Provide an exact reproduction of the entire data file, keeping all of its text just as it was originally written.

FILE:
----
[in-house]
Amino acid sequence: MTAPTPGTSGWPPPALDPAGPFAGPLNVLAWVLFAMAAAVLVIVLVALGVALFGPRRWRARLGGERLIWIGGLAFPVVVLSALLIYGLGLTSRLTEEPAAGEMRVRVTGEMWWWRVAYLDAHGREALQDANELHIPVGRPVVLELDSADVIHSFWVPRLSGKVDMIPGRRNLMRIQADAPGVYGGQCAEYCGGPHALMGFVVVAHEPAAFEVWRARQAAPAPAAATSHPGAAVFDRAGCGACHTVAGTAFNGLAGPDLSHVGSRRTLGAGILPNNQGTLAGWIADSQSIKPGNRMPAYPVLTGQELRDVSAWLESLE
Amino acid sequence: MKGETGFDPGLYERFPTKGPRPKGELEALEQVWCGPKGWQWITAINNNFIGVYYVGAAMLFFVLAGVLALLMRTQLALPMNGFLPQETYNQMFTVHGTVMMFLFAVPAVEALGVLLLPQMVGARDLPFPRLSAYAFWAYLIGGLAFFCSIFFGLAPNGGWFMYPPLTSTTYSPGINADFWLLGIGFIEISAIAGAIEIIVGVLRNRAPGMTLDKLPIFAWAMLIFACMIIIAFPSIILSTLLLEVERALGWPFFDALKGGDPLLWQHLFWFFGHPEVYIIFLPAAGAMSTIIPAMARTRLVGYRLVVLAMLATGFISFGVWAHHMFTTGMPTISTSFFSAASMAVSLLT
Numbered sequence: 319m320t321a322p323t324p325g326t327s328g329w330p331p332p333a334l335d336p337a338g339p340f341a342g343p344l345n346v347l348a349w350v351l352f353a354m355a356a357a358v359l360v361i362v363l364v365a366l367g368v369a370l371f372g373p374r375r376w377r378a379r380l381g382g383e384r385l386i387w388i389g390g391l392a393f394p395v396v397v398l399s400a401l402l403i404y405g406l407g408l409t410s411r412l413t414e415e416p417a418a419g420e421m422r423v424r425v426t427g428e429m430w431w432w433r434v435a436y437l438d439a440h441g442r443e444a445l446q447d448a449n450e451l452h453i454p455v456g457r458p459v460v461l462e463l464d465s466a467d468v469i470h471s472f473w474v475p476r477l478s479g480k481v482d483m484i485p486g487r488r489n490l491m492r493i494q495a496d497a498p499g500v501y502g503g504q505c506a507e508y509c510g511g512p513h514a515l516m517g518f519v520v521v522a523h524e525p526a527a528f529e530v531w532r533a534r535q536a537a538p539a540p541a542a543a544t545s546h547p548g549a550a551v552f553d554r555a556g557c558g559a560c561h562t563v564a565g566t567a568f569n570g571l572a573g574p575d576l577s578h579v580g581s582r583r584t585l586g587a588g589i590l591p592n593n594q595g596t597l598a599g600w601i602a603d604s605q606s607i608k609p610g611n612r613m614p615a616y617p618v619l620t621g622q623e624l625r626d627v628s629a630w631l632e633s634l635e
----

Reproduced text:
[in-house]
Amino acid sequence: MTAPTPGTSGWPPPALDPAGPFAGPLNVLAWVLFAMAAAVLVIVLVALGVALFGPRRWRARLGGERLIWIGGLAFPVVVLSALLIYGLGLTSRLTEEPAAGEMRVRVTGEMWWWRVAYLDAHGREALQDANELHIPVGRPVVLELDSADVIHSFWVPRLSGKVDMIPGRRNLMRIQADAPGVYGGQCAEYCGGPHALMGFVVVAHEPAAFEVWRARQAAPAPAAATSHPGAAVFDRAGCGACHTVAGTAFNGLAGPDLSHVGSRRTLGAGILPNNQGTLAGWIADSQSIKPGNRMPAYPVLTGQELRDVSAWLESLE
Amino acid sequence: MKGETGFDPGLYERFPTKGPRPKGELEALEQVWCGPKGWQWITAINNNFIGVYYVGAAMLFFVLAGVLALLMRTQLALPMNGFLPQETYNQMFTVHGTVMMFLFAVPAVEALGVLLLPQMVGARDLPFPRLSAYAFWAYLIGGLAFFCSIFFGLAPNGGWFMYPPLTSTTYSPGINADFWLLGIGFIEISAIAGAIEIIVGVLRNRAPGMTLDKLPIFAWAMLIFACMIIIAFPSIILSTLLLEVERALGWPFFDALKGGDPLLWQHLFWFFGHPEVYIIFLPAAGAMSTIIPAMARTRLVGYRLVVLAMLATGFISFGVWAHHMFTTGMPTISTSFFSAASMAVSLLT
Numbered sequence: 319m320t321a322p323t324p325g326t327s328g329w330p331p332p333a334l335d336p337a338g339p340f341a342g343p344l345n346v347l348a349w350v351l352f353a354m355a356a357a358v359l360v361i362v363l364v365a366l367g368v369a370l371f372g373p374r375r376w377r378a379r380l381g382g383e384r385l386i387w388i389g390g391l392a393f394p395v396v397v398l399s400a401l402l403i404y405g406l407g408l409t410s411r412l413t414e415e416p417a418a419g420e421m422r423v424r425v426t427g428e429m430w431w432w433r434v435a436y437l438d439a440h441g442r443e444a445l446q447d448a449n450e451l452h453i454p455v456g457r458p459v460v461l462e463l464d465s466a467d468v469i470h471s472f473w474v475p476r477l478s479g480k481v482d483m484i485p486g487r488r489n490l491m492r493i494q495a496d497a498p499g500v501y502g503g504q505c506a507e508y509c510g511g512p513h514a515l516m517g518f519v520v521v522a523h524e525p526a527a528f529e530v531w532r533a534r535q536a537a538p539a540p541a542a543a544t545s546h547p548g549a550a551v552f553d554r555a556g557c558g559a560c561h562t563v564a565g566t567a568f569n570g571l572a573g574p575d576l577s578h579v580g581s582r583r584t585l586g587a588g589i590l591p592n593n594q595g596t597l598a599g600w601i602a603d604s605q606s607i608k609p610g611n612r613m614p615a616y617p618v619l620t621g622q623e624l625r626d627v628s629a630w631l632e633s634l635e